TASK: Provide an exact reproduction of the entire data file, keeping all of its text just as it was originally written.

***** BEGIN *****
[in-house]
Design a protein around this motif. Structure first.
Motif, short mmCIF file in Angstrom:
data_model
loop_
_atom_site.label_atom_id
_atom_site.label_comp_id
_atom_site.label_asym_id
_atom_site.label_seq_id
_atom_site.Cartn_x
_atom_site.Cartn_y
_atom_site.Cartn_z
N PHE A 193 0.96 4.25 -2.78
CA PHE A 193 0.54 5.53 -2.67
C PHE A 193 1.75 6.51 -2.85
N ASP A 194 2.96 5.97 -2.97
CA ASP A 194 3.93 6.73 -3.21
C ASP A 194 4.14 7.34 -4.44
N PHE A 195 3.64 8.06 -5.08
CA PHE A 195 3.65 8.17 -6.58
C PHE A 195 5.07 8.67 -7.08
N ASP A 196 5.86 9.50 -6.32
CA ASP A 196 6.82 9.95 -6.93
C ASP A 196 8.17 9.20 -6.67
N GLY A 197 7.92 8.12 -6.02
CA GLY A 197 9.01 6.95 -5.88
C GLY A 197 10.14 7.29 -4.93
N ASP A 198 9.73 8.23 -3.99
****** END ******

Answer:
[in-house]
Design a protein around this motif. Structure first.
Motif, short mmCIF file in Angstrom:
data_model
loop_
_atom_site.label_atom_id
_atom_site.label_comp_id
_atom_site.label_asym_id
_atom_site.label_seq_id
_atom_site.Cartn_x
_atom_site.Cartn_y
_atom_site.Cartn_z
N PHE A 193 0.96 4.25 -2.78
CA PHE A 193 0.54 5.53 -2.67
C PHE A 193 1.75 6.51 -2.85
N ASP A 194 2.96 5.97 -2.97
CA ASP A 194 3.93 6.73 -3.21
C ASP A 194 4.14 7.34 -4.44
N PHE A 195 3.64 8.06 -5.08
CA PHE A 195 3.65 8.17 -6.58
C PHE A 195 5.07 8.67 -7.08
N ASP A 196 5.86 9.50 -6.32
CA ASP A 196 6.82 9.95 -6.93
C ASP A 196 8.17 9.20 -6.67
N GLY A 197 7.92 8.12 -6.02
CA GLY A 197 9.01 6.95 -5.88
C GLY A 197 10.14 7.29 -4.93
N ASP A 198 9.73 8.23 -3.99